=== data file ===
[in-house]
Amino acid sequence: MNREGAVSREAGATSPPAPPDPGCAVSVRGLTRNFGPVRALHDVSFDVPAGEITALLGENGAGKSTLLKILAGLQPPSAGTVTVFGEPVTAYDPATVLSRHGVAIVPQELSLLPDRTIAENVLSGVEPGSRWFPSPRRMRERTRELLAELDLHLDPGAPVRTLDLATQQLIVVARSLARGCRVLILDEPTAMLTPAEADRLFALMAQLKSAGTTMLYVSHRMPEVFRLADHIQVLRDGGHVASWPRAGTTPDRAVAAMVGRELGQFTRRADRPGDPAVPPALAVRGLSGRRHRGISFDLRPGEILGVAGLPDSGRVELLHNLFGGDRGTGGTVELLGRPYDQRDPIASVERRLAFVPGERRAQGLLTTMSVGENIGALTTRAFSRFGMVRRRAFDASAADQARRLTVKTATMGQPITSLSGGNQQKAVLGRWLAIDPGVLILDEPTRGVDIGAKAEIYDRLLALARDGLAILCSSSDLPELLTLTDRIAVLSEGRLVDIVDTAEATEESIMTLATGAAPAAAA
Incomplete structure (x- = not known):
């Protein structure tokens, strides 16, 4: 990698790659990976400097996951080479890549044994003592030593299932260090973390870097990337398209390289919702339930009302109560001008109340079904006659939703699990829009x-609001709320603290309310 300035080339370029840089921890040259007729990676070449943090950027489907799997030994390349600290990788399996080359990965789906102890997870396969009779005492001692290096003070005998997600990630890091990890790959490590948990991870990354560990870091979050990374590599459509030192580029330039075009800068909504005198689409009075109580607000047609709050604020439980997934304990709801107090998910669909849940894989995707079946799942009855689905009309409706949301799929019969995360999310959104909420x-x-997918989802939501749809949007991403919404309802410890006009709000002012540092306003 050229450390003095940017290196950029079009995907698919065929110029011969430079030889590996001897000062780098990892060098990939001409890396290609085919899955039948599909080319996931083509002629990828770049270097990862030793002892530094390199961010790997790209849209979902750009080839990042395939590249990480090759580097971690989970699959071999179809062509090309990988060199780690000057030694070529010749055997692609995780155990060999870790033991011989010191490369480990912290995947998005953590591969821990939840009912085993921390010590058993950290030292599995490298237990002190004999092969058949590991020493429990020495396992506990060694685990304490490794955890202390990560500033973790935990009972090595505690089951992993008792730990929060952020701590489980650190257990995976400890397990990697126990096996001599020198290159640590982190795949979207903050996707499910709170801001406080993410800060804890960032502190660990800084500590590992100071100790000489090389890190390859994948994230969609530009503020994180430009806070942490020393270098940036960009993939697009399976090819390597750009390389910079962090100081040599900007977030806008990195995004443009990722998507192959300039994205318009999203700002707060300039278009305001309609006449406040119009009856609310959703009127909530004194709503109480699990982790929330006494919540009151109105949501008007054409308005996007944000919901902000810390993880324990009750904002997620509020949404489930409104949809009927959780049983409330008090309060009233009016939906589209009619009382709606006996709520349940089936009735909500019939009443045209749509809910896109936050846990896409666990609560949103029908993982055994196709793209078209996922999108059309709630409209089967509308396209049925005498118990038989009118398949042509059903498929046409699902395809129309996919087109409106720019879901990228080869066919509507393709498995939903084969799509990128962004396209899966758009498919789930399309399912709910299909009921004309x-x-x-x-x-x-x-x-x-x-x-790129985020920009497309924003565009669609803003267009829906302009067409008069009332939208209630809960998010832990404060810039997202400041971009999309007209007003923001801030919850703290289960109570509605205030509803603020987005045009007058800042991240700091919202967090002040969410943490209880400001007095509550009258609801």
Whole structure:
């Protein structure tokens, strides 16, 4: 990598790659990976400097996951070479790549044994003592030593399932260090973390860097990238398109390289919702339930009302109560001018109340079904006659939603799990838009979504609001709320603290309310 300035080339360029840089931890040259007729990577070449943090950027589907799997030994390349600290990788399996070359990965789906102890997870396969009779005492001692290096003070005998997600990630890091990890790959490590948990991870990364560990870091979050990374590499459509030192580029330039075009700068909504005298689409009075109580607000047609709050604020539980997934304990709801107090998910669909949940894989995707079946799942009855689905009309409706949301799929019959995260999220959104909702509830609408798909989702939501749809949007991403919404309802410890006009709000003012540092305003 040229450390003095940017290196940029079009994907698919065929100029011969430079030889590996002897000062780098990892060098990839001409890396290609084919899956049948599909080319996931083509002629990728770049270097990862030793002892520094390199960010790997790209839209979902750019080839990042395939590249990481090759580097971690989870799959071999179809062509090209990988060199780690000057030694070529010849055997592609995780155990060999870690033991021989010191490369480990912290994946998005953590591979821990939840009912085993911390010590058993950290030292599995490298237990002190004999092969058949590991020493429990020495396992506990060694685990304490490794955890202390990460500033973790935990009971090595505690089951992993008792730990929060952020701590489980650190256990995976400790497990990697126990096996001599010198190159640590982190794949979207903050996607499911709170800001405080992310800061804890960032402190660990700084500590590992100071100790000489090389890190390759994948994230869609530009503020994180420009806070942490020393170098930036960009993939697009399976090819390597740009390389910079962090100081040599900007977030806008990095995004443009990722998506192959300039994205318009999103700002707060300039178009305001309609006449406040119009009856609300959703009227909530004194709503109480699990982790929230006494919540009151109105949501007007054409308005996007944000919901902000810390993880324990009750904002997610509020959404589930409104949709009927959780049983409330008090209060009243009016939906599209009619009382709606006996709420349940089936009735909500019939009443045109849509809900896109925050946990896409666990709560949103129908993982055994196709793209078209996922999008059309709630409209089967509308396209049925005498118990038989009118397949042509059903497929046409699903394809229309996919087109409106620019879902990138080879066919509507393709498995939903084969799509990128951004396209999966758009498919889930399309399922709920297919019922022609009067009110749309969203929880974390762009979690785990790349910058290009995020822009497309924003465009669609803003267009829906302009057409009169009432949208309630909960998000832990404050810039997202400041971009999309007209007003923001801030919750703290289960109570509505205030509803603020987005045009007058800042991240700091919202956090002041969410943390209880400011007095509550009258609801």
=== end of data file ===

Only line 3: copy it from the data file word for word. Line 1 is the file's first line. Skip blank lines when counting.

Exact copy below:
Incomplete structure (x- = not known):